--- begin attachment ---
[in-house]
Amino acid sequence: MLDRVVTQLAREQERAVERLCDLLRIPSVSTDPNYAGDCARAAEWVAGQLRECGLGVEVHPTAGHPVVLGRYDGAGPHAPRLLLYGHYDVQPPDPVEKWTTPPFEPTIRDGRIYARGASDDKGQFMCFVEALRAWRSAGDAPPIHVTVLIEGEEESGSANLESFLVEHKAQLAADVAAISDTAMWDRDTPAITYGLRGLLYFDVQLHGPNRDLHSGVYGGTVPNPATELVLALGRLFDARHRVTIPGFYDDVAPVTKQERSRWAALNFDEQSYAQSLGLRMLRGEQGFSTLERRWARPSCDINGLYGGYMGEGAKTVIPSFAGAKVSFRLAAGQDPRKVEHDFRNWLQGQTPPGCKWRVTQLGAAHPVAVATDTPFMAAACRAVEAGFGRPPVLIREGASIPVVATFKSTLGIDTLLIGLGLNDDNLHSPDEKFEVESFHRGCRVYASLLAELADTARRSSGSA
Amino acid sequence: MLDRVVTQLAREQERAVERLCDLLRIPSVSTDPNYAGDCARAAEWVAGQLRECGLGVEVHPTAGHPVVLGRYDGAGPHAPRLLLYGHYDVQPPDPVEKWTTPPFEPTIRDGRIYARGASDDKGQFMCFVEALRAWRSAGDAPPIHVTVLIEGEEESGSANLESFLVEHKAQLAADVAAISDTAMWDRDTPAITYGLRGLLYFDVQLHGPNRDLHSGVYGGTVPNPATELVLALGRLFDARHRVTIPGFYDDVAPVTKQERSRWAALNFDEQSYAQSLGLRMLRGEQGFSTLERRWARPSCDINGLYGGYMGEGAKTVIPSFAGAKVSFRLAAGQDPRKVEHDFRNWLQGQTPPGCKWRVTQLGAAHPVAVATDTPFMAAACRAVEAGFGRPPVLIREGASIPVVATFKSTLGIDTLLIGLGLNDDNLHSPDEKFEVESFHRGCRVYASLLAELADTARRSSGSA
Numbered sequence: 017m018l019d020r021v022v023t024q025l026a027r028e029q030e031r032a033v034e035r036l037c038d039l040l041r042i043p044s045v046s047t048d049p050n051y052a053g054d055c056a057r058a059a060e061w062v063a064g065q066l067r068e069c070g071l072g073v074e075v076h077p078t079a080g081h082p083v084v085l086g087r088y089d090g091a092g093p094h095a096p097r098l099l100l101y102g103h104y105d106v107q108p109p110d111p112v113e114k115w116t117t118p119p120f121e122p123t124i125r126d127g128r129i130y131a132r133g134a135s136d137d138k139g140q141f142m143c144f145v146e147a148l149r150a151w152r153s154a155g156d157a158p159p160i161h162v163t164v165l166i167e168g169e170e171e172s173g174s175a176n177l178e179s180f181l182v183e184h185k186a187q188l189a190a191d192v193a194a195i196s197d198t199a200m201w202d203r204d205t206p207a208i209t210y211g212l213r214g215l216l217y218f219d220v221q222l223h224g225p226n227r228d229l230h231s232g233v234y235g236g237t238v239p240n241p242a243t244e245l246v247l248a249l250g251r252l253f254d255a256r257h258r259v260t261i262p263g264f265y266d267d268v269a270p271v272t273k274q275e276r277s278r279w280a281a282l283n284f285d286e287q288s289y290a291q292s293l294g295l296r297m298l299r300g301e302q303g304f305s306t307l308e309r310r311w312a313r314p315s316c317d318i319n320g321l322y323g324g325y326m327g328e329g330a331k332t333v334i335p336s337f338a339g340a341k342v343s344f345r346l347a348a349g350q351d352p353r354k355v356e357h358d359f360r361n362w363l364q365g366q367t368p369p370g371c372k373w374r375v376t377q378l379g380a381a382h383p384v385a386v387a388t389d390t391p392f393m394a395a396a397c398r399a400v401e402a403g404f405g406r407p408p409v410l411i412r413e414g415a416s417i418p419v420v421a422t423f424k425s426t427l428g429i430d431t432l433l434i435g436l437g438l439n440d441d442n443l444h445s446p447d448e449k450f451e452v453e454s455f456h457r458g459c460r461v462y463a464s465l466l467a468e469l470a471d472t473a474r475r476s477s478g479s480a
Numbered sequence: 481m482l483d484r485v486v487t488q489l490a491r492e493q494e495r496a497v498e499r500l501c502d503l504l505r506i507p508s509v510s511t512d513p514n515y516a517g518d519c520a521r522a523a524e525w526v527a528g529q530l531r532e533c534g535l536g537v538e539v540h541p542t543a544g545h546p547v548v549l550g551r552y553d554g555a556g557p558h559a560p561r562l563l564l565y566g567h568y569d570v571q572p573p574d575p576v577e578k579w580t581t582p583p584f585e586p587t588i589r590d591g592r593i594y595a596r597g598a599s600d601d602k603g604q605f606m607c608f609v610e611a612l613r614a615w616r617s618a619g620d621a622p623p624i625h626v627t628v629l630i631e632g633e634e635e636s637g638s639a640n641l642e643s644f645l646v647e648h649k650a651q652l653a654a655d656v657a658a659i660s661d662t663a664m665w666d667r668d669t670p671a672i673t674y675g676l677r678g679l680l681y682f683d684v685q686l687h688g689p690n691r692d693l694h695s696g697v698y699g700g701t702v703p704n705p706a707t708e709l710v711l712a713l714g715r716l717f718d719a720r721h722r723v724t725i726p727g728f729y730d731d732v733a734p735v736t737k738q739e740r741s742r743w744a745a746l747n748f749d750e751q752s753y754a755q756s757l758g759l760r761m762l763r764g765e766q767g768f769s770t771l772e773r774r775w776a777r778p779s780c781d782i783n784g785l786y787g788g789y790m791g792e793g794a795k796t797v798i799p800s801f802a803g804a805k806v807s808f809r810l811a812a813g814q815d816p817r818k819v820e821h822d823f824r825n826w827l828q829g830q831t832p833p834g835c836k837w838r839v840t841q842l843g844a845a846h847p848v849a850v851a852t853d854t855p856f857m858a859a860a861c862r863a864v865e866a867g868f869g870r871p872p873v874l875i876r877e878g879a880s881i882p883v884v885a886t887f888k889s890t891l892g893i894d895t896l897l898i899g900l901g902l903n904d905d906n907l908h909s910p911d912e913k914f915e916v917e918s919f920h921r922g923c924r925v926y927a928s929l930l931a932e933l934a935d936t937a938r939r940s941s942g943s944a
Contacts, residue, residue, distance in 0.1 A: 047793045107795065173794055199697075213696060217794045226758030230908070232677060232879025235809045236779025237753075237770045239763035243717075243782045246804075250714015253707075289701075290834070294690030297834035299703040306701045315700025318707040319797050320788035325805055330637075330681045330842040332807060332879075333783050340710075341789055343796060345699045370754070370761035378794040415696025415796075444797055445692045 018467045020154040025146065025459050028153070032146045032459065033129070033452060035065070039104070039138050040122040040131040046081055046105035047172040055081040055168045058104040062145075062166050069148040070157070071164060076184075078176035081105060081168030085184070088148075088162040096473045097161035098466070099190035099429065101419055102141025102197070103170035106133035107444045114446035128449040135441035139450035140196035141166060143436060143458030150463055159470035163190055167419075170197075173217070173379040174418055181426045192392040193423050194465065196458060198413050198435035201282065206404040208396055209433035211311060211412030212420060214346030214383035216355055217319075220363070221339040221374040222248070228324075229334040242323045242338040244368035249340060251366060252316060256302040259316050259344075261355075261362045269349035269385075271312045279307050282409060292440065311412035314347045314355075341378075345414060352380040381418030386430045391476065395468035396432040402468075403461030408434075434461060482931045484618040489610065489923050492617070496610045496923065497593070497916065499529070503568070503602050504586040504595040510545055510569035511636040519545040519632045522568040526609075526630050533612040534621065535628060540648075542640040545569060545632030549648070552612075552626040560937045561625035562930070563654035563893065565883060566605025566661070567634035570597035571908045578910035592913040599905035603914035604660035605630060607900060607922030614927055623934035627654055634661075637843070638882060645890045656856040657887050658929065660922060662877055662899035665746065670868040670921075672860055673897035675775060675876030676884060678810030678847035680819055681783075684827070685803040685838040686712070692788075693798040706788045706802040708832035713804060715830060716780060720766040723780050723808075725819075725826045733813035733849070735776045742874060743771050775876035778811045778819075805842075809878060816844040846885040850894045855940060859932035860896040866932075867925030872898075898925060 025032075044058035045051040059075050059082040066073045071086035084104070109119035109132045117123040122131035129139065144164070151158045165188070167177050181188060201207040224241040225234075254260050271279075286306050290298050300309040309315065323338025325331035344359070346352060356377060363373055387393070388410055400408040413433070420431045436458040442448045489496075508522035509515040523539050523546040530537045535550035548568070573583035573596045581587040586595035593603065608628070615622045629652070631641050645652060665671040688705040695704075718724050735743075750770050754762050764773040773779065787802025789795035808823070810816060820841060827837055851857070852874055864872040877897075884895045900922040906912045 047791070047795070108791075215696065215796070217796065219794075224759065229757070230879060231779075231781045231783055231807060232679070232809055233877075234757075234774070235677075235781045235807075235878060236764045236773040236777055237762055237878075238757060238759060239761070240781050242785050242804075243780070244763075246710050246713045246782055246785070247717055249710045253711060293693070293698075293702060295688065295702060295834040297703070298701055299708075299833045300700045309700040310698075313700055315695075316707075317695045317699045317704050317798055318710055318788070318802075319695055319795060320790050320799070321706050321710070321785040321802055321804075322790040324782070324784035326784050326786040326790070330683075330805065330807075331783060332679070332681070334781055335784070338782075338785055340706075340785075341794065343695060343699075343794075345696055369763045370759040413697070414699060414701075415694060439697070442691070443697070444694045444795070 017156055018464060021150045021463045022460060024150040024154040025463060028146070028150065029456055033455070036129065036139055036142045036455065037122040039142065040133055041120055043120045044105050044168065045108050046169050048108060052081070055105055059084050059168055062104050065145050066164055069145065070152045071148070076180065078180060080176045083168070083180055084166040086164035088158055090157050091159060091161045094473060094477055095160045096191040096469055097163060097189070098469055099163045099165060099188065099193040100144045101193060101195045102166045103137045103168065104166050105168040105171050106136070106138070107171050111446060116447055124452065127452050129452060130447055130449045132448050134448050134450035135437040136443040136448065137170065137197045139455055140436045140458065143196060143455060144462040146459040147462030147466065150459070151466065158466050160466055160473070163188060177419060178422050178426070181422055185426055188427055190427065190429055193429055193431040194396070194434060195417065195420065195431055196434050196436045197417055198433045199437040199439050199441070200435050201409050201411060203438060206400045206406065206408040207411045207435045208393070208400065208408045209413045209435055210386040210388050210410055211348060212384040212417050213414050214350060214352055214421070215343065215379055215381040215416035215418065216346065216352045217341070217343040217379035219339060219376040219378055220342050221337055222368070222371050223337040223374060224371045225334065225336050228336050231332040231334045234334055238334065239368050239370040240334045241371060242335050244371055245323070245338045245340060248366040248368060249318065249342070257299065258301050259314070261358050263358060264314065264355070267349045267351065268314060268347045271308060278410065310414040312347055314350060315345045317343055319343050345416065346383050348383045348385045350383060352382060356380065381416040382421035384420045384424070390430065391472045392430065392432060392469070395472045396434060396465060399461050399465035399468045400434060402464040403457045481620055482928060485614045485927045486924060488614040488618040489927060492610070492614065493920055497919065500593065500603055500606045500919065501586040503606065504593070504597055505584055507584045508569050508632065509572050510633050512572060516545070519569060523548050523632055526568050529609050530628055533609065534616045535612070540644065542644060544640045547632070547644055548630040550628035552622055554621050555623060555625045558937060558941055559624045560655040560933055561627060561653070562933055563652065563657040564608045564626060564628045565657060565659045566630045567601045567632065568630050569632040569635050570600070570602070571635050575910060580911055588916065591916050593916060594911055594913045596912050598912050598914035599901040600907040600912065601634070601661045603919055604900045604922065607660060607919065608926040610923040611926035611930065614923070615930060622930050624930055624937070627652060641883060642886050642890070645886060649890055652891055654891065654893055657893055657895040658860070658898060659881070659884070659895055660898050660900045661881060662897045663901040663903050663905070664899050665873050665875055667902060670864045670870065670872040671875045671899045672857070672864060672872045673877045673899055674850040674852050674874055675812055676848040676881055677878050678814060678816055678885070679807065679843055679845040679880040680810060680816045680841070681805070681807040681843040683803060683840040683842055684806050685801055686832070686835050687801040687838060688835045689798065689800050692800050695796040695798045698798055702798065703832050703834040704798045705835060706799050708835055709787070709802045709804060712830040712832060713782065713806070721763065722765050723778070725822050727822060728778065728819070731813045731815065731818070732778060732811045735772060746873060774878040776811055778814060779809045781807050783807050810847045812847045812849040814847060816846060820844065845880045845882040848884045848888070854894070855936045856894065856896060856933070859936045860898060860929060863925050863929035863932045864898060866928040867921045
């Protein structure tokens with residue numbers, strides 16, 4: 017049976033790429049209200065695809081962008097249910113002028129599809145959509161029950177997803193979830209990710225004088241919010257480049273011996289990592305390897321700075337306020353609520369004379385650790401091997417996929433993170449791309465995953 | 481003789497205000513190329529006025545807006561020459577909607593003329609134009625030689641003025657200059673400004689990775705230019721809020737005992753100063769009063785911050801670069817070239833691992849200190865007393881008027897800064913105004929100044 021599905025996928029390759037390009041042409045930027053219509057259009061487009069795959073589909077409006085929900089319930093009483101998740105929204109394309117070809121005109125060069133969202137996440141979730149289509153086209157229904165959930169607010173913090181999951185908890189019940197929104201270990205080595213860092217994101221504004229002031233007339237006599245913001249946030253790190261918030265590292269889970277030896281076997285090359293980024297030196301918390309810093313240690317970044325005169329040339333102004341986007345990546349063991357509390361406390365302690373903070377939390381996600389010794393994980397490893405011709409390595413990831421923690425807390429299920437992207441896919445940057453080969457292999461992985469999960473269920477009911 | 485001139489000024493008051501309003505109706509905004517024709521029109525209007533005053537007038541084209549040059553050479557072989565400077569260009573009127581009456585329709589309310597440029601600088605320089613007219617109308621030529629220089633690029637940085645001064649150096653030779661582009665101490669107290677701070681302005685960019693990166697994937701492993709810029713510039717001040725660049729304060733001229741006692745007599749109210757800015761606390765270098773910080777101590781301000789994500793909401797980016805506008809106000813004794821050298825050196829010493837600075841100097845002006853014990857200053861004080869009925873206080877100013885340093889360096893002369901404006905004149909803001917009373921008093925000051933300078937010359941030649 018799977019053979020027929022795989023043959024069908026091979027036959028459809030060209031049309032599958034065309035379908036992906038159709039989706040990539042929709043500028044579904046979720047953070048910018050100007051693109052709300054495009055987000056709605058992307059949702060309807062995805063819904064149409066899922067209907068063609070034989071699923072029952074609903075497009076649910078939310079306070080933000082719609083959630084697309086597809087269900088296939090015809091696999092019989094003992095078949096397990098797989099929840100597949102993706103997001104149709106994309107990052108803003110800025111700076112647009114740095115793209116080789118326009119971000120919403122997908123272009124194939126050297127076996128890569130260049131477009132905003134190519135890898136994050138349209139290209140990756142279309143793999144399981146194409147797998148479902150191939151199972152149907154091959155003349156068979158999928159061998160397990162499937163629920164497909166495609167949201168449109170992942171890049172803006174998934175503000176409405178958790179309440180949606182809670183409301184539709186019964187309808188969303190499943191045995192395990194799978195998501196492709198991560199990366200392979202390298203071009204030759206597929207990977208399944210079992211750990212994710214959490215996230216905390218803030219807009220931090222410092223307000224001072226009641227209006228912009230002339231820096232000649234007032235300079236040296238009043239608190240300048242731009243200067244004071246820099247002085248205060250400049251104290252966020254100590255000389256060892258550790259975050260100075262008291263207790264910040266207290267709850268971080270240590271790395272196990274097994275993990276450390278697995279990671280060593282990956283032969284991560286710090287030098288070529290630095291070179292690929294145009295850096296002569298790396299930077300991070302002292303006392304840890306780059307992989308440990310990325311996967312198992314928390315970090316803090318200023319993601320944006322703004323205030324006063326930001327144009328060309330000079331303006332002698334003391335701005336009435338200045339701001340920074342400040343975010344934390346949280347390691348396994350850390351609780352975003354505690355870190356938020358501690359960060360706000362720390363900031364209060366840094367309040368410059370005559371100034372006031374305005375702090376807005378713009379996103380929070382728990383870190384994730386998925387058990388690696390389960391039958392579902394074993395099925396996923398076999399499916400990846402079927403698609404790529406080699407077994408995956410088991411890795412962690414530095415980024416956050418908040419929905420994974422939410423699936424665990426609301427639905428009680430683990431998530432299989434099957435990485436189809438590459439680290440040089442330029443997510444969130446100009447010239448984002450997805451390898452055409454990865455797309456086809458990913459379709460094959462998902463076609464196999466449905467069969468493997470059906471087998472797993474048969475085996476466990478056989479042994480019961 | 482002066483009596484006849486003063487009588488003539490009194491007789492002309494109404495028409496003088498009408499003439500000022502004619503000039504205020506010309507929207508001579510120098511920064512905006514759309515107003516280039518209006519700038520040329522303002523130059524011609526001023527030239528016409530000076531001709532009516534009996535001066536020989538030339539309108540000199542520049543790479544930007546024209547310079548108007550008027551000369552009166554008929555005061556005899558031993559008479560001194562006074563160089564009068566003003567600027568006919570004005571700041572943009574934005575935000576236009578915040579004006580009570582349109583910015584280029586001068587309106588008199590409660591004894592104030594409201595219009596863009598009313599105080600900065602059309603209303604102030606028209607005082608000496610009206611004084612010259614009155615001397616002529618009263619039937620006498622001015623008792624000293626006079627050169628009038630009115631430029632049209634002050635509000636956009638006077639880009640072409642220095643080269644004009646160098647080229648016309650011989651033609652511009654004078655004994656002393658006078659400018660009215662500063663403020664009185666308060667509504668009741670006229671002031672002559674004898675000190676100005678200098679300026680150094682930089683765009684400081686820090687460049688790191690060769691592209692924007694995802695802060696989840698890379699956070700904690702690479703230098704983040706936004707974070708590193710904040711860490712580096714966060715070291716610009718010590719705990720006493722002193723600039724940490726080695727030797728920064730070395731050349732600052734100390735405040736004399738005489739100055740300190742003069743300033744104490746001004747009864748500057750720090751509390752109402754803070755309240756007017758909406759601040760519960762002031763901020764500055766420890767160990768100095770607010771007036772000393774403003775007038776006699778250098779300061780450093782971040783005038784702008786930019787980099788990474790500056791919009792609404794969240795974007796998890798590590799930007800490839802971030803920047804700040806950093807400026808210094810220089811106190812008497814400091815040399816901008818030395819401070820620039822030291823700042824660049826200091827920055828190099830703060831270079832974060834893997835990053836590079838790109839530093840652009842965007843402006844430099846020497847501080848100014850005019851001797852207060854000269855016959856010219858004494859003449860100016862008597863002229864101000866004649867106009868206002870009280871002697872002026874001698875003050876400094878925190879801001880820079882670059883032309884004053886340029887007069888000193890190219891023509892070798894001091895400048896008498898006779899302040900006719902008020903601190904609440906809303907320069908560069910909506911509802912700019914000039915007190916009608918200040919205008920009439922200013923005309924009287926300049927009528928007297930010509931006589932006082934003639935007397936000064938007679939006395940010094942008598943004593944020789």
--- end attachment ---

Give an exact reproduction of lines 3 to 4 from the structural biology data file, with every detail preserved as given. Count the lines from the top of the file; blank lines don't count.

Amino acid sequence: MLDRVVTQLAREQERAVERLCDLLRIPSVSTDPNYAGDCARAAEWVAGQLRECGLGVEVHPTAGHPVVLGRYDGAGPHAPRLLLYGHYDVQPPDPVEKWTTPPFEPTIRDGRIYARGASDDKGQFMCFVEALRAWRSAGDAPPIHVTVLIEGEEESGSANLESFLVEHKAQLAADVAAISDTAMWDRDTPAITYGLRGLLYFDVQLHGPNRDLHSGVYGGTVPNPATELVLALGRLFDARHRVTIPGFYDDVAPVTKQERSRWAALNFDEQSYAQSLGLRMLRGEQGFSTLERRWARPSCDINGLYGGYMGEGAKTVIPSFAGAKVSFRLAAGQDPRKVEHDFRNWLQGQTPPGCKWRVTQLGAAHPVAVATDTPFMAAACRAVEAGFGRPPVLIREGASIPVVATFKSTLGIDTLLIGLGLNDDNLHSPDEKFEVESFHRGCRVYASLLAELADTARRSSGSA
Numbered sequence: 017m018l019d020r021v022v023t024q025l026a027r028e029q030e031r032a033v034e035r036l037c038d039l040l041r042i043p044s045v046s047t048d049p050n051y052a053g054d055c056a057r058a059a060e061w062v063a064g065q066l067r068e069c070g071l072g073v074e075v076h077p078t079a080g081h082p083v084v085l086g087r088y089d090g091a092g093p094h095a096p097r098l099l100l101y102g103h104y105d106v107q108p109p110d111p112v113e114k115w116t117t118p119p120f121e122p123t124i125r126d127g128r129i130y131a132r133g134a135s136d137d138k139g140q141f142m143c144f145v146e147a148l149r150a151w152r153s154a155g156d157a158p159p160i161h162v163t164v165l166i167e168g169e170e171e172s173g174s175a176n177l178e179s180f181l182v183e184h185k186a187q188l189a190a191d192v193a194a195i196s197d198t199a200m201w202d203r204d205t206p207a208i209t210y211g212l213r214g215l216l217y218f219d220v221q222l223h224g225p226n227r228d229l230h231s232g233v234y235g236g237t238v239p240n241p242a243t244e245l246v247l248a249l250g251r252l253f254d255a256r257h258r259v260t261i262p263g264f265y266d267d268v269a270p271v272t273k274q275e276r277s278r279w280a281a282l283n284f285d286e287q288s289y290a291q292s293l294g295l296r297m298l299r300g301e302q303g304f305s306t307l308e309r310r311w312a313r314p315s316c317d318i319n320g321l322y323g324g325y326m327g328e329g330a331k332t333v334i335p336s337f338a339g340a341k342v343s344f345r346l347a348a349g350q351d352p353r354k355v356e357h358d359f360r361n362w363l364q365g366q367t368p369p370g371c372k373w374r375v376t377q378l379g380a381a382h383p384v385a386v387a388t389d390t391p392f393m394a395a396a397c398r399a400v401e402a403g404f405g406r407p408p409v410l411i412r413e414g415a416s417i418p419v420v421a422t423f424k425s426t427l428g429i430d431t432l433l434i435g436l437g438l439n440d441d442n443l444h445s446p447d448e449k450f451e452v453e454s455f456h457r458g459c460r461v462y463a464s465l466l467a468e469l470a471d472t473a474r475r476s477s478g479s480a